Here on the right, you can see a benchmarking of this process against some other kinds of additive processes, including inkjet and aerosol and so on. And what is interesting is that here you can achieve very good feature sizes, very small feature sizes and also have a good ink viscosity.

So this is a process that, of course, is not just applicable to a defect repair in high resolution displays, but could be used in security, in prototyping redistribution layers, in electronic packages and in many, many other applications.

High resolution and high speed R2R printing

But I think the trend towards better resolution is not just limited to digital printing, and I want to highlight here that also roll to roll printing is achieving resolutions which were not customary in the early days of printed electronics.

I remember when I entered into this field about 10 years ago, one of my first exposures was to a company that was doing cutting edge R2R printing, achieving a linewidth resolution of around 18 micrometers.

Now, here is an example by Kodak, again, showing that one can do roll to roll flexo printing, achieving a linewidth resolution of five micron meters while running the process as fast as 100 meters per minute.

And this is very interesting. And of course, as you can see on the bottom right hand side, some of the innovation has to do with the way they form their master templates. And one of the key points here is that the way they manufactured the dots to have a flat top.

Transparent antennas

And one of the applications is in transparent antennas. And here actually this is not a fully direct, additive printed approach. It is a hybrid approach. And you can see this in the bottom left hand side. It is hybrid because it involves ink patterning with flexographic printing R2R printing, and then the process goes through a roll to roll electroplating to metalize it further.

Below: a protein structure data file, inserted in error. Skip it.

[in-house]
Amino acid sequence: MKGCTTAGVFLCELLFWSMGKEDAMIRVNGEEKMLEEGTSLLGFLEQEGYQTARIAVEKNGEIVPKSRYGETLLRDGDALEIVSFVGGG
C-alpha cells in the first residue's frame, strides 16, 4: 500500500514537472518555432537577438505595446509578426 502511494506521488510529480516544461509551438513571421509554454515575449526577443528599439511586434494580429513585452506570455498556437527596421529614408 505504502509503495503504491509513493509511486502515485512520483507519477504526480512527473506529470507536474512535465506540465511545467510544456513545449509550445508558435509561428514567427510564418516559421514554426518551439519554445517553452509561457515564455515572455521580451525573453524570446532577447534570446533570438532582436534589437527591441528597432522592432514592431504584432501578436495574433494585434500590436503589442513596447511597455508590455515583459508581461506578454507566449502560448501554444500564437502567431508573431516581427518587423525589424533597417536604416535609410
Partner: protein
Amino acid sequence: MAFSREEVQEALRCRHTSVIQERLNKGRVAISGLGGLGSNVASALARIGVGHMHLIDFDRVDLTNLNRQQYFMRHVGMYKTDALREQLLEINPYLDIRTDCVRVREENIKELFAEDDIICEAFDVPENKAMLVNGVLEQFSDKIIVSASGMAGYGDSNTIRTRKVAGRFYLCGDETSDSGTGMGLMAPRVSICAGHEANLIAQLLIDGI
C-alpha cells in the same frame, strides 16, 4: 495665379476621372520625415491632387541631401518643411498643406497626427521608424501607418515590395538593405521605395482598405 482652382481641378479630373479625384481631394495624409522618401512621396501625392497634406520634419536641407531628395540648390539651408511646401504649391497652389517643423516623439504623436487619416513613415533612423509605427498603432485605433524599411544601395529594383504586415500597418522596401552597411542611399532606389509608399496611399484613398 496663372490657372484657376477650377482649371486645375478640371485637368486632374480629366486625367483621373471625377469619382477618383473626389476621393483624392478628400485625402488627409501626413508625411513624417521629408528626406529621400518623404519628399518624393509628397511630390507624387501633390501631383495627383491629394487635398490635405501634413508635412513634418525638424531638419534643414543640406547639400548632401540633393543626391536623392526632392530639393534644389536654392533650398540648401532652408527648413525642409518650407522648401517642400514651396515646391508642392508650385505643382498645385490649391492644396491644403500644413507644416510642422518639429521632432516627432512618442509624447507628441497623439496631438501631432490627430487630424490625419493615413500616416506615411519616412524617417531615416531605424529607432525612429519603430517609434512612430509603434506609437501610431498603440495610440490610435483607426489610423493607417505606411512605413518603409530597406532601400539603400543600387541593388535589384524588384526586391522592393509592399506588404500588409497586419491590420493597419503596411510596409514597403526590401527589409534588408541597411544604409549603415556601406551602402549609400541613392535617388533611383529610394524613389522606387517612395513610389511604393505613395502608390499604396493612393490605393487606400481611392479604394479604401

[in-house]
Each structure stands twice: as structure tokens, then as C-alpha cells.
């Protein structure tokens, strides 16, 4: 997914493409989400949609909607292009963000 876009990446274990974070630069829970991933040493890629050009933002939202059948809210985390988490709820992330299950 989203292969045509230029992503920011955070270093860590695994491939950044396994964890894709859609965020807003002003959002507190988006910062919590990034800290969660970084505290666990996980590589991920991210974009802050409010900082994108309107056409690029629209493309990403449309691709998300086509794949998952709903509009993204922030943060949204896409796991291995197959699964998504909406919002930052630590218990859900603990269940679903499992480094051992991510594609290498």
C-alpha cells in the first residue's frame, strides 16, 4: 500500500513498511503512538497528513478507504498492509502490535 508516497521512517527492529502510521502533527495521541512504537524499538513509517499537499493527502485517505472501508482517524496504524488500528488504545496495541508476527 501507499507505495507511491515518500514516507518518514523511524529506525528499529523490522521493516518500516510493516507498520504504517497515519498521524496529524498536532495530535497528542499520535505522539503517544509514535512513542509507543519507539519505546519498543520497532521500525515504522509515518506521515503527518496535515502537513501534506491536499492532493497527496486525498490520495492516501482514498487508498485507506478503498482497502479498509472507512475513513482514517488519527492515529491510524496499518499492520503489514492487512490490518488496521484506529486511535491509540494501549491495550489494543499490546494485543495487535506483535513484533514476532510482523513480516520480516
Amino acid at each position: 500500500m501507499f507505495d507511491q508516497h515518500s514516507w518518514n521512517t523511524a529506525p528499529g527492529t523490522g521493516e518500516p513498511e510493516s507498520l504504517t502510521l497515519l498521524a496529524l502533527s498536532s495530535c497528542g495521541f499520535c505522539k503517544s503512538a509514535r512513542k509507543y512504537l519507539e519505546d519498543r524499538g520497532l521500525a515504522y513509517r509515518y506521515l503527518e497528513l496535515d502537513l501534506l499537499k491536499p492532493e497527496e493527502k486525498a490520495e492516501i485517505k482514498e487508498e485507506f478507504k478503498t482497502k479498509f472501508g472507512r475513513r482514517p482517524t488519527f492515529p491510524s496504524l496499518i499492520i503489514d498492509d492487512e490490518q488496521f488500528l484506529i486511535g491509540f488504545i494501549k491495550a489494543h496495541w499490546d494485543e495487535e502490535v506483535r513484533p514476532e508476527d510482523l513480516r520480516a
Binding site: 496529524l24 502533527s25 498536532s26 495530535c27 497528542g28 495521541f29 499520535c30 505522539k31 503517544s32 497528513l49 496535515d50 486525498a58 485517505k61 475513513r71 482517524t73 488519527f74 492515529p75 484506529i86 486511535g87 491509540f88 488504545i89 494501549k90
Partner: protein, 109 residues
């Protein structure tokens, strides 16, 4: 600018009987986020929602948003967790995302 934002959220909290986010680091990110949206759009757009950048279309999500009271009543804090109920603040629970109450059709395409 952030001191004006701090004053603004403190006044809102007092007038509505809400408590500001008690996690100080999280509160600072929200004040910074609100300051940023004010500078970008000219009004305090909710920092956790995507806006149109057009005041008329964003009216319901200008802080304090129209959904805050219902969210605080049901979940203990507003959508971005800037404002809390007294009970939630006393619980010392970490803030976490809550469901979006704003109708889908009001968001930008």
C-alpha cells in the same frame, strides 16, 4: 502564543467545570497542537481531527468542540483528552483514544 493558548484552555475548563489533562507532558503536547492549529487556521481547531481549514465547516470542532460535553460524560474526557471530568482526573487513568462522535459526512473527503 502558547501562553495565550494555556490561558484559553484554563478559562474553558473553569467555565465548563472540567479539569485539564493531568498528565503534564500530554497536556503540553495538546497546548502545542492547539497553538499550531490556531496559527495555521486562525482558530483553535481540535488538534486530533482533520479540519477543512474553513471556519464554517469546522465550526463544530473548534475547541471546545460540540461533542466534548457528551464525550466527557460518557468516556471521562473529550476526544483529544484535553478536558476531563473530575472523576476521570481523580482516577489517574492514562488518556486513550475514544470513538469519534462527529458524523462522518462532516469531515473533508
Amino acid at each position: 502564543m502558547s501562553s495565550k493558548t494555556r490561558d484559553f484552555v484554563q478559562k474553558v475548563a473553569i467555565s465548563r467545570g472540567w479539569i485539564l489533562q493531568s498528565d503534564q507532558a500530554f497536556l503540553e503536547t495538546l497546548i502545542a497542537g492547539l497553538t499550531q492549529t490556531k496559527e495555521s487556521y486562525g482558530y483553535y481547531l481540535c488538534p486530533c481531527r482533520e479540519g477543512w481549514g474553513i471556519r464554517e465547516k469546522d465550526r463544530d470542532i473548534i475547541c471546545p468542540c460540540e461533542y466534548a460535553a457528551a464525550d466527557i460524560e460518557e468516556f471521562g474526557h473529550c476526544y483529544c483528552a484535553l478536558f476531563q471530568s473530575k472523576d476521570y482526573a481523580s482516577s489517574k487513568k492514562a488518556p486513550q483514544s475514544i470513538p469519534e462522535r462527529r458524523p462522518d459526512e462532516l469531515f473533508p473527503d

But if you look at the table on the bottom right hand side, you can see some very interesting parameters. So they are getting a metal mesh with a line with of seven to eight micrometers with a sheet resistance of just point six, ohms per square and very good transparency of about 90.5 percent and green at 550 nanometres.

And the application you are targeting is a transparent, printed, transparent antenna, which the design of which can be customized to meet different requirements, including GPS LTE and Wi-Fi and so on and so forth.

Skin patches and medica electronics

A hot area in printed flexible electronics is in medical electrodes and there are many applications.

One of the development frontiers has been in the use of electronic skin patches for continuous health care monitoring. And of course, this area has become extremely hot as we transitioned from, or as we are transitioning from, a standard glucose sampling to continuous glucose sampling and also all types of continuous heart rate monitoring, which are multibillion dollar businesses today.

And printing can really play a role here. The example I want to highlight here is the development by Holst Center and they've developed a full solution. This is a clinical grade disposable patch with a reusable electronics, with dry electrode, etc. And the dry electrode includes printed metallization. And that allows one to measure EKG and respiration and temperature. And it is useful for seven days continuous monitoring. So the full solution from the adhesive to the printed lines to the rigid electronics and so on. And I think. It shows you what is possible with printed electronics.

The example on the right hand side are from another company, a Screentec Oy. And what you find here is that the on the top right side, the kind of the purple red picture, what you see is a medical electrode with integrated surface metal devices on the top. And the bottom right picture is an example of a screen printed sensor which can detect skeletal muscle activities. So you can see that all kinds of electrodes can actually be printed.

Stretchable conductive inks for e-textiles

And while we are on the topic of skin patches, a lot of discussion has also been on electronic textiles. And one overlap between electronic textiles and the printed electronics is often the printing of the interconnects or the printing of the stretch sensors.